Well, I learned a valuable lesson recently. I was really feeling pretty smug about buying a second battery for my camera last summer and I had even learned to carry it, and a second memory card, in my purse. What apparently I had not learned was that it’s very important to charge BOTH batteries after they are used. At any rate, when my camera told me to change the battery pack, we went back out to the car and replaced it with the one from my purse…wrong! Same message, and it only took one picture before telling me to change again. At any rate, the first part of the tour before the premature death of the battery, we got lots of pictures, but none of them do justice to the magnificence of Carlsbad Caverns.
LeRoy had visited the Caverns in the 1950s, but I had never been there. A year ago in the winter, we toured Kartchner Caverns near Sierra Vista. That site was very impressive, but nothing on the scale of Carlsbad Caverns. I learned in elementary school that stalactites grow from the ceiling down, while stalagmites go from the floor upward. You know, the “mites” go up and the “tites” come down, much like ants in the pants. I know that columns are where the two meet in the middle and continue to grow larger in circumference. Drapes are fascinating formations from the ceiling down that look very much like folds of fabric. Knowing about the formations, though, and being prepared to see them are two very different things.
The thought that came to me as we walked the path through the Big Room was a scripture from Psalm 8:4, “What is man that thou art mindful of him?” When I looked at the magnitude of that one chamber, knowing that places like that exist all over that area of New Mexico, I was in awe. I felt almost as small looking around 754 feet underground as I did walking under the clear, star-filled Arizona night sky. Why did anyone ever even find them? Mankind could have walked on the non-descript surface forever and never have known the beauty that God had created beneath our feet, but He had other plans. Native Americans were probably first, then explorers and today, thousands of tourists from around the world see the enormous cavern. We came just as several busloads, whose passengers were mostly Japanese, were leaving and there were Canadians on our tour of the King’s Palace.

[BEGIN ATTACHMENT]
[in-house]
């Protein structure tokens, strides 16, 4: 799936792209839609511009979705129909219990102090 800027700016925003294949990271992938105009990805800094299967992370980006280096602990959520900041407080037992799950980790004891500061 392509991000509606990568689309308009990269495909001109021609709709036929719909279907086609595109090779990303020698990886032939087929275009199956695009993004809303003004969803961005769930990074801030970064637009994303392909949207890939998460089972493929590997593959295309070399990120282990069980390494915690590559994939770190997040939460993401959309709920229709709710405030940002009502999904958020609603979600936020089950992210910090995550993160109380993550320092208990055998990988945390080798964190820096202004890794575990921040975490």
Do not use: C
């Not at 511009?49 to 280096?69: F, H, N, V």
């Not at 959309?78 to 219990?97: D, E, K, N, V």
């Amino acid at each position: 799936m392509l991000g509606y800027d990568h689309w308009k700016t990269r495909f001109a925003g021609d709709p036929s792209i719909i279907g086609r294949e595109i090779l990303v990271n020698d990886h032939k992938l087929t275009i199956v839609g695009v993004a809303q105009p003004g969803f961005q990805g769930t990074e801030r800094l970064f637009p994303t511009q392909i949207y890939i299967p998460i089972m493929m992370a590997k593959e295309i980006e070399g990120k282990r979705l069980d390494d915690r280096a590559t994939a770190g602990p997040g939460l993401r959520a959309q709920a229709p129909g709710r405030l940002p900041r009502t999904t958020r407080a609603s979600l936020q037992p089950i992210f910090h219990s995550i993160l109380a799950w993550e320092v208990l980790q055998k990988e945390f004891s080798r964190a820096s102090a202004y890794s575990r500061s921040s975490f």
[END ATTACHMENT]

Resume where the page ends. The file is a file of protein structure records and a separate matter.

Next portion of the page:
There are times when I wish I were really a photographer and this was definitely one of them. So I’m going to let the woefully pathetic and inadequate pictures tell the story.
Signs apparently weren’t enough to deter people in and/or pushing wheelchairs. Pipe structures were added, impeding access to certain areas.
And at times, a one bar toprail wasn’t enough to assure the safety of park visitors.
The afternoon tour of the King’s Palace, the Queen’s Chamber and the Papoose room between the two included a few minutes of total darkness, the kind where you literally cannot see the person next to you or hand in front of your face. Our guide was an excellent storyteller and really drew his audience into the Cavern’s story.
We’ve moved on to a Corps of Engineers lake between Albuquerque and Santa Fe this week. We met up with Eagles friends Bill and Arlette Klein and will be doing more hiking while we’re here. More on that later.